PCRMC Leapfrog Safety Score Ad2

PCRMC Receives Safety Score of “A” from Leapfrog Group

Phelps County Regional Medical Center (PCRMC) received a hospital safety score of “A” from the Leapfrog Group, a national nonprofit organization founded by leading employers and private healthcare purchasers in the United States. Leapfrogfocuses on measuring and transparently reporting hospital safety performance through the Leapfrog Hospital Survey. The survey is an evidence-based national tool that examines hospital safety, quality and resource utilization.

Leapfrog’s Hospital Survey is a trusted source that hospitals throughout the United States participate in free of charge. The goals of the survey are to publicly report hospital quality and safety information so consumers can make informed decisions about their healthcare choices. The Leapfrog Group uses the survey to inform consumers about a hospital’s record of patient safety, which allows consumers to make proactive choices to protect themselves and their families from errors, injuries, accidents and infections.

The Leapfrog Group calculates a hospital safety score for over 2,500 hospitals throughout the nation based on data gathered and compiled in 30 categories from the Centers for Medicare & Medicaid Services (CMS), the Agency for Healthcare Research & Quality (AHRQ), the Joint Commission and the Centers for Disease Control and Prevention (CDC).

Phelps County Regional Medical Center received the highest possible score with a letter grade of an “A.” Only 31% of the U.S. hospitals received an “A” rating, which accounts for only 798 hospitals in the nation. Of the 60 hospitals surveyed in Missouri, only 14 received a letter grade of “A,” which means PCRMC scored higher than many of Missouri’s larger, bigger city healthcare systems.  PCRMC was successful in the following areas:

  • Communication with nurses
  • Discharge information
  • Zero foreign body retained after surgery/procedure
  • Zero air embolism
  • Falls and trauma
  • Low number of Methicillin-resistant Staphylococcus aureus (MRSA) bacteremia
  • Low number of Clostridium difficile (C.Diff) infections (better than the National Benchmark)
  • Low number of Stage 3 or 4 pressure ulcers (hospital acquired)
  • Zero colon surgical site infections

“Our mission at PCRMC is to provide world-class healthcare. The Leapfrog score shows that our nursing staff, physicians and employees are dedicated to giving our patients and community the highest quality and safest care possible,” says Keri Brookshire-Heavin, SVP/Chief Nursing Officer. “The Leapfrog survey is a great recognition of the hard work PCRMC has done; part of our hospital’s goal is to continually strive for improvement and become our best.”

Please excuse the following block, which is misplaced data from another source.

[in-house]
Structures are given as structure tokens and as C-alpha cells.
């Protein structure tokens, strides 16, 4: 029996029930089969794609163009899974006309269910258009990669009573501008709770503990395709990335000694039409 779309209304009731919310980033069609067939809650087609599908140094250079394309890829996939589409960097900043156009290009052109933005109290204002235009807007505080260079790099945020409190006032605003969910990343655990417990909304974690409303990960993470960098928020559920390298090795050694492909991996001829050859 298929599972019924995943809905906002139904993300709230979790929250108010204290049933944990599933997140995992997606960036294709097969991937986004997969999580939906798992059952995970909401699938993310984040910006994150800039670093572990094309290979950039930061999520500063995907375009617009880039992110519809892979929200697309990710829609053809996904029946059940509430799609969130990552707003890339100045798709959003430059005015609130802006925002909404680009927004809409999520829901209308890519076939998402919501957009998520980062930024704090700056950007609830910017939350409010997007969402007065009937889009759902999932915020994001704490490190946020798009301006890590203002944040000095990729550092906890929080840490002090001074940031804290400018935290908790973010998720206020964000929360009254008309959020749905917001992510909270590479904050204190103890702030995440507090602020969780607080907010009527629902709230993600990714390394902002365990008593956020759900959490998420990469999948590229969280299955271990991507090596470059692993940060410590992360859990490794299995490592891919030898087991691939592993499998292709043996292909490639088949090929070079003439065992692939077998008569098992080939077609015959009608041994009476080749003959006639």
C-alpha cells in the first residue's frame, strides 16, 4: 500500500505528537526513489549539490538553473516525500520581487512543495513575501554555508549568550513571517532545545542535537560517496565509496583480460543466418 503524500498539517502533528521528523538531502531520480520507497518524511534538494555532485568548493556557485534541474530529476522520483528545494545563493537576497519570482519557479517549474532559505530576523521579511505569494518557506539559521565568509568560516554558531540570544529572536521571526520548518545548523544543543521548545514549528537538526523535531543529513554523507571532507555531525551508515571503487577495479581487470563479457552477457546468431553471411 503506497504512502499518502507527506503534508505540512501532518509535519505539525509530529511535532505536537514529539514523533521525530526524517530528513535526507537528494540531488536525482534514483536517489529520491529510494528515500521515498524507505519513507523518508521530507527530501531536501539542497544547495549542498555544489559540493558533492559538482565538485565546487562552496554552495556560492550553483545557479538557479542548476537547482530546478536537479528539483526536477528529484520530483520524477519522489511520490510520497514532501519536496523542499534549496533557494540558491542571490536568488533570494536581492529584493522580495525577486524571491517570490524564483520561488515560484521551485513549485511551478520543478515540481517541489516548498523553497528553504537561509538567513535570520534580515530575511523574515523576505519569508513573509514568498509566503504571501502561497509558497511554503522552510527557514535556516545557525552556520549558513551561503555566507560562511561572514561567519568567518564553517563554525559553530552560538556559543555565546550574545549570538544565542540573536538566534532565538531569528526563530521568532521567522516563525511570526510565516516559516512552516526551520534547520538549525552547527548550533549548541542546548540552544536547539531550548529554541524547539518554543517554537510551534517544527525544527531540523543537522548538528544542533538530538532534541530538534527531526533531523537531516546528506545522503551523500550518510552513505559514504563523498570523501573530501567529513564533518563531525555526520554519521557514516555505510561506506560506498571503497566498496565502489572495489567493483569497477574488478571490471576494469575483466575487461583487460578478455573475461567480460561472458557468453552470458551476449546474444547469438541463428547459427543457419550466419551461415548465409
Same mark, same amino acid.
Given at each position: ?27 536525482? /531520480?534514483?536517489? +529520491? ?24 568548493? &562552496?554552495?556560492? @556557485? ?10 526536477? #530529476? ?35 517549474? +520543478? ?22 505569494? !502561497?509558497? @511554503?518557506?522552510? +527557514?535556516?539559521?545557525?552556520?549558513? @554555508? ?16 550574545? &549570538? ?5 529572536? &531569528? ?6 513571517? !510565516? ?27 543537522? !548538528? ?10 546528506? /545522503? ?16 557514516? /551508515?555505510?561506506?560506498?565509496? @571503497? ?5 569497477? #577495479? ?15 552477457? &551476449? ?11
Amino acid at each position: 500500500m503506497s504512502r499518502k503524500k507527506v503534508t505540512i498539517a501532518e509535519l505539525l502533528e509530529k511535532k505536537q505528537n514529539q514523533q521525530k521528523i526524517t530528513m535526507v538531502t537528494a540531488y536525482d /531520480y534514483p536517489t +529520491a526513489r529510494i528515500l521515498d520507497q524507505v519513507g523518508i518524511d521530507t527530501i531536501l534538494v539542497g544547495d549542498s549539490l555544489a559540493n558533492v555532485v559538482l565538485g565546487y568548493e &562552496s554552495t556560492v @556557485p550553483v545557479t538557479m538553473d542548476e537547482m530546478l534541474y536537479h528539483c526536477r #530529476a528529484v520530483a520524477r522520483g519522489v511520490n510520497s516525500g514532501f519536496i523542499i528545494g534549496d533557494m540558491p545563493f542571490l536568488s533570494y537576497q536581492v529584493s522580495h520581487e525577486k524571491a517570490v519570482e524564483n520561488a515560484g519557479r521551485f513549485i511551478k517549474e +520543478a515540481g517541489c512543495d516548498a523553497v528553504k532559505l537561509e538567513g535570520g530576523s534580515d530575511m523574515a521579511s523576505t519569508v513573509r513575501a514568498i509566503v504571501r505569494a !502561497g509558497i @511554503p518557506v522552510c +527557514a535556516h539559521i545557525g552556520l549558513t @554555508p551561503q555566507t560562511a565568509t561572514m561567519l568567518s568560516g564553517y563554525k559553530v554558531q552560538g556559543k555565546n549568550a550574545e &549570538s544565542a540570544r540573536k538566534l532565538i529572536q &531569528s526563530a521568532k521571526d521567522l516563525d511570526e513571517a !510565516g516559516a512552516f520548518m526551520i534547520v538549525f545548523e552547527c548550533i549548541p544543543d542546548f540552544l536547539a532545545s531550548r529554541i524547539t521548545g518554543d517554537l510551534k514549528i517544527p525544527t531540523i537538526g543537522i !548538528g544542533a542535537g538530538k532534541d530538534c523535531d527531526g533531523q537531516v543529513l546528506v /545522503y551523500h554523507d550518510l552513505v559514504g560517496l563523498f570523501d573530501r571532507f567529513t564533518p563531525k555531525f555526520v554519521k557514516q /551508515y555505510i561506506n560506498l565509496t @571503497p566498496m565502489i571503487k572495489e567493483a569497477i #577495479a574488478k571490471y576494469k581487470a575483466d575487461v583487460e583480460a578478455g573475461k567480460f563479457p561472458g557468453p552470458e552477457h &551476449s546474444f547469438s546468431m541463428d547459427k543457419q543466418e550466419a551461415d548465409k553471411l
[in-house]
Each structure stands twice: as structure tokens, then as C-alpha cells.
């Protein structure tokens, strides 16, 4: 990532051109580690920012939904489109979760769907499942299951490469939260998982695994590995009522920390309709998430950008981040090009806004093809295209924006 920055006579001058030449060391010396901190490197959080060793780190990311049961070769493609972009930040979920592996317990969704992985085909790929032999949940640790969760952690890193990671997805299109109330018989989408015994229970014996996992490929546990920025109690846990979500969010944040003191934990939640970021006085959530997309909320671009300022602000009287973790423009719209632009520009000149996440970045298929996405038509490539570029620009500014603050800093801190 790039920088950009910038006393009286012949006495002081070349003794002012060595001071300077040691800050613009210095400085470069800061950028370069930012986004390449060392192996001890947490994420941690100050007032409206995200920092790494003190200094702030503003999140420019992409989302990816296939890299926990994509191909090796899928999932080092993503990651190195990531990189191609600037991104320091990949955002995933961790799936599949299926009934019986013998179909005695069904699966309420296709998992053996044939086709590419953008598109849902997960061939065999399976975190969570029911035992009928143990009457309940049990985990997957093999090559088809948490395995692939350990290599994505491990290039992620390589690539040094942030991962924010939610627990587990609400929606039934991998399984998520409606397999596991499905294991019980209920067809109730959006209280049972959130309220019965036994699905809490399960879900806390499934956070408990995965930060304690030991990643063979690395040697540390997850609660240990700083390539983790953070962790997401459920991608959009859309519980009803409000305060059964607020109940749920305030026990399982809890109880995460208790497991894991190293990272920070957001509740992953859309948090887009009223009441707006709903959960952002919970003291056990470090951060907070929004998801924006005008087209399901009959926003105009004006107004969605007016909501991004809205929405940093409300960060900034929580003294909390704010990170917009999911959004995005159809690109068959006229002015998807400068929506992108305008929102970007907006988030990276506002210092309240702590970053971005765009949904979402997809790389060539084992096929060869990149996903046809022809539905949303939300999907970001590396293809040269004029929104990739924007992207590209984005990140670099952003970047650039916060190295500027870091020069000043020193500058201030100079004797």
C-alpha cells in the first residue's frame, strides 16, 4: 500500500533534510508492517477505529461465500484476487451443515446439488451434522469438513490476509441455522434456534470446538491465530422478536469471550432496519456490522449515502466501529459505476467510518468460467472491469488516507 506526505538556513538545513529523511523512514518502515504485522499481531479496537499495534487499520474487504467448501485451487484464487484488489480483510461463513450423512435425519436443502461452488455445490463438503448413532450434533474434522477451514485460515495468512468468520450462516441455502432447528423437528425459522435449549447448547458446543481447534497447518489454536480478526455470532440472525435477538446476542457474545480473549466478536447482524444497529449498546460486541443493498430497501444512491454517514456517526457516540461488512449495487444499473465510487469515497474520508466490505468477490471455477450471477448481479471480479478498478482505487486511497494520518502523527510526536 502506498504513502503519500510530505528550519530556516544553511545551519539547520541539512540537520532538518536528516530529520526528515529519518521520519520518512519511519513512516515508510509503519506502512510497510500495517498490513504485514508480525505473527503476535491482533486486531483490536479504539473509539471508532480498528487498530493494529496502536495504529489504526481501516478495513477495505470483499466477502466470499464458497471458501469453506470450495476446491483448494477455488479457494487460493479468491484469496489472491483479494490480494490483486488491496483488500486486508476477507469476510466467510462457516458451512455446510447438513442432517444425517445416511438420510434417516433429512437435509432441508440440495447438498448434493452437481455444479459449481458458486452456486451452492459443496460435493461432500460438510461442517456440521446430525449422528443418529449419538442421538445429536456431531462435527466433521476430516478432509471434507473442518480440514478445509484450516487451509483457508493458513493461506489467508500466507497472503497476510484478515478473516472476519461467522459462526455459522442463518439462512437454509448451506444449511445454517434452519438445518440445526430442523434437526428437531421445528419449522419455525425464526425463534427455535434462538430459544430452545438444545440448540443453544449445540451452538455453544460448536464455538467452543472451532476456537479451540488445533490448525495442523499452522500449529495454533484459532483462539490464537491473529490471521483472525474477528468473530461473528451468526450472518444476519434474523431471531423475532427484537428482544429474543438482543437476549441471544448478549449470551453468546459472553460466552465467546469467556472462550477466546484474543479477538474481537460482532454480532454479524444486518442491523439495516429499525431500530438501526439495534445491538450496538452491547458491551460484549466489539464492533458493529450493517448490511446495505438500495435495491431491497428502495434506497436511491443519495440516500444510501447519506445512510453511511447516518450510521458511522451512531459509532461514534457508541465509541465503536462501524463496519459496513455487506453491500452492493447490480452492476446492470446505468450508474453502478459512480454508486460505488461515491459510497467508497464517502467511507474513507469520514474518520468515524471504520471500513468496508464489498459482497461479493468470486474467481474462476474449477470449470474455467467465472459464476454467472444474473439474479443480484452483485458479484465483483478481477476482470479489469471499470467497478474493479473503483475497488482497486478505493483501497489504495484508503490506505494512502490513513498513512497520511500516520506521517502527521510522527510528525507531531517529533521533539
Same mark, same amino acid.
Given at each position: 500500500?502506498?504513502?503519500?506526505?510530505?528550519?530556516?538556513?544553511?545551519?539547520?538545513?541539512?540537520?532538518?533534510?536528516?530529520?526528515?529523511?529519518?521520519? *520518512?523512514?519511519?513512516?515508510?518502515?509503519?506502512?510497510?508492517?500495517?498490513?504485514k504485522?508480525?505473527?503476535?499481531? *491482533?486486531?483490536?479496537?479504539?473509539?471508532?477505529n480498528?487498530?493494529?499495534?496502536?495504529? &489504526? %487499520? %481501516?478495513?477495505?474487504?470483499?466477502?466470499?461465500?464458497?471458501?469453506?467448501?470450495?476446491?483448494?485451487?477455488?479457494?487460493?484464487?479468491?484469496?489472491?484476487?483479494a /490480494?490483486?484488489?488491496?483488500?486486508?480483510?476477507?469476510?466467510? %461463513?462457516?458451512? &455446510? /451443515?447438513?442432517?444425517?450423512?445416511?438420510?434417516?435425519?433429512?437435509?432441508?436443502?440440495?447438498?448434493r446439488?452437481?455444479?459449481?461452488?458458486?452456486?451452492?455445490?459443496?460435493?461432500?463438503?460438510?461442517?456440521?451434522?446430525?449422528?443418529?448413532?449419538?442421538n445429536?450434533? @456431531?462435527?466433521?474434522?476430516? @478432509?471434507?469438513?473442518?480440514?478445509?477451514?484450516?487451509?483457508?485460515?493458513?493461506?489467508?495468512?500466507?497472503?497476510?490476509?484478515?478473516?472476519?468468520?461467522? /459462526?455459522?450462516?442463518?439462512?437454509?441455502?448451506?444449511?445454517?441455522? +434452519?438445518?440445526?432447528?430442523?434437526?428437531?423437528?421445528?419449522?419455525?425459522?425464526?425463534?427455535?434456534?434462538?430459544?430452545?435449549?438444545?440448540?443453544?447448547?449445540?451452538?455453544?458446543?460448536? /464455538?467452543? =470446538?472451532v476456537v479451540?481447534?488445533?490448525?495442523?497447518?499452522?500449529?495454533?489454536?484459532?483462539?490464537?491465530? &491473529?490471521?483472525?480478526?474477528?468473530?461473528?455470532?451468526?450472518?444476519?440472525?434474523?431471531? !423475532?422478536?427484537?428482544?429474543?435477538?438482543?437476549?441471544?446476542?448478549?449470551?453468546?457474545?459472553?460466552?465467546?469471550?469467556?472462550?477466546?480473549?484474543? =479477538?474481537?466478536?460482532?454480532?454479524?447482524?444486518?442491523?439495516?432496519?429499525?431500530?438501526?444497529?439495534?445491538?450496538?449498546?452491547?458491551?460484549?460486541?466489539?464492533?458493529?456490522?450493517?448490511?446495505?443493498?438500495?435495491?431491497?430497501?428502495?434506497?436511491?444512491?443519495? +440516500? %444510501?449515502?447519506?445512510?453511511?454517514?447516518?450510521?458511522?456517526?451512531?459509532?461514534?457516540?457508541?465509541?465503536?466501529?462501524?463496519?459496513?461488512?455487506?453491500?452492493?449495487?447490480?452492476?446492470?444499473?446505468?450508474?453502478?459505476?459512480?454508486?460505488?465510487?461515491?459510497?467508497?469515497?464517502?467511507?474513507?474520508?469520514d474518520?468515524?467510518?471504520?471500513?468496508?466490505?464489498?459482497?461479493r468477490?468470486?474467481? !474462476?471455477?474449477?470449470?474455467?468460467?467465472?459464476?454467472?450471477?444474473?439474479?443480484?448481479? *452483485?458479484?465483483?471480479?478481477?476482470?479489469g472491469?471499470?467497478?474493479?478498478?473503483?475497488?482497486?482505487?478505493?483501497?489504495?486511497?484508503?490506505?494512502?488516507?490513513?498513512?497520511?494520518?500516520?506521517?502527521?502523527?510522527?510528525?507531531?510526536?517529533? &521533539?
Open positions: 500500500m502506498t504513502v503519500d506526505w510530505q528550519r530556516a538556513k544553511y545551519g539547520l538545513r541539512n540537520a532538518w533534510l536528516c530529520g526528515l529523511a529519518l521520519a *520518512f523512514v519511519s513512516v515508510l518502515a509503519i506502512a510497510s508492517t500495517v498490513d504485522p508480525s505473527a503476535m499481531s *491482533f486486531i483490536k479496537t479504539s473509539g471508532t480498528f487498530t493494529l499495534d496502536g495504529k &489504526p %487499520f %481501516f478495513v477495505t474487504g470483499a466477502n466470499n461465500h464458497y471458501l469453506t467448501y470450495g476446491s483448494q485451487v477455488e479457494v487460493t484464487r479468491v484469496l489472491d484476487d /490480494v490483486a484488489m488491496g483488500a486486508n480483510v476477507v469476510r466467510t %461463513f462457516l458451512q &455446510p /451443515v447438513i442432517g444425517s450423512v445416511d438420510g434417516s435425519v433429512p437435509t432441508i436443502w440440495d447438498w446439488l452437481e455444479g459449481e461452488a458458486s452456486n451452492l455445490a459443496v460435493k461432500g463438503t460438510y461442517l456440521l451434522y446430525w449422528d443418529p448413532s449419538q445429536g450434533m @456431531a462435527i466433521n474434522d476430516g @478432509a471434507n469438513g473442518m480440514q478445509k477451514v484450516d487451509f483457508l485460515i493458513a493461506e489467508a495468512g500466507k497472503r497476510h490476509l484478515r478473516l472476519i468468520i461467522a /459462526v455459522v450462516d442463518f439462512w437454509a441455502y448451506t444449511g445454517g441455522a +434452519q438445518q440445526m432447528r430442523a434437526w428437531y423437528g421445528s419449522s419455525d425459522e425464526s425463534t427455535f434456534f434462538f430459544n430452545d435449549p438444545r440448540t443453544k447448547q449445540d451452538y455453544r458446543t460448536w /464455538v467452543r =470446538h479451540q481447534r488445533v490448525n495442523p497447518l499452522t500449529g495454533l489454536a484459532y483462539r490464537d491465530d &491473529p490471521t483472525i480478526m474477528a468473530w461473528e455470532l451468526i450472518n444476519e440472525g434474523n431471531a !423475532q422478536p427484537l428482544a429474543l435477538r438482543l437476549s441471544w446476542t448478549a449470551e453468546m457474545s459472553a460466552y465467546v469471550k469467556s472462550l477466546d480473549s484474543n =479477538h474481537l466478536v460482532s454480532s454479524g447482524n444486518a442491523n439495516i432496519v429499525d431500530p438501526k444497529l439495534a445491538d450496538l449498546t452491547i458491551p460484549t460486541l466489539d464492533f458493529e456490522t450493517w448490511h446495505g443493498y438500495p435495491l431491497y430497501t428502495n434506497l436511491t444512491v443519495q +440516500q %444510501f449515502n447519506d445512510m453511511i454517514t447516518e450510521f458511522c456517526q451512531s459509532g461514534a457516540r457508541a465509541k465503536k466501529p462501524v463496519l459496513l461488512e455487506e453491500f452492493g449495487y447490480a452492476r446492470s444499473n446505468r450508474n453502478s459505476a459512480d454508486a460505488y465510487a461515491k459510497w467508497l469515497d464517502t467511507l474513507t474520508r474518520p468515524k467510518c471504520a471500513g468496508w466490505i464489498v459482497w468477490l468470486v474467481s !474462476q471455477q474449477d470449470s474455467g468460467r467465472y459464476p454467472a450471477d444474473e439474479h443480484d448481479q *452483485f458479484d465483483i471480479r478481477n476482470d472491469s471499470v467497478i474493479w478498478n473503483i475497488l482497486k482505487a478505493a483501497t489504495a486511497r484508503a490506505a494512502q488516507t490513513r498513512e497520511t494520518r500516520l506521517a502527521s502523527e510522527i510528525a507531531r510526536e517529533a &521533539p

Patient quality and safety is a constant area of focus at PCRMC. “The Leapfrog grade is an indicator of the work PCRMC does to persistently focus on patient safety and quality,” says CEO Ed Clayton. “We are pleased with the score, but we also recognize that providing high quality care for our patients requires ongoing process improvement. We will continue to do the work necessary to ensure PCRMC remains one of the safest and best hospitals in the nation.”

Donate Life Month - Blog

April is National Donate Life Month!

April is National Donate Life Month (NDLM), a month to celebrate those who have received transplants, to recognize those who continue to wait, to honor donors and donor families and to thank registered donors for giving hope.

An estimated 122,000 men, women and children in the United States are currently awaiting lifesaving transplants, and another person is added to the national transplant waiting list every 10 minutes. You can help by registering to be an organ and tissue donor. A single donor can save the lives of up to 8 people and help more than 50 others.

People of all ages and medical histories can be potential donors. Your medical condition and circumstances of your death will determine what organs and tissues can be donated. The important thing right now is to make the decision to be a donor and register your decision.

You can sign up to be an organ donor in Missouri by taking the following steps to ensure your life-saving decision is honored:

  • Make a decision about organ and tissue donation;
  • Join the Missouri organ and tissue donor registry;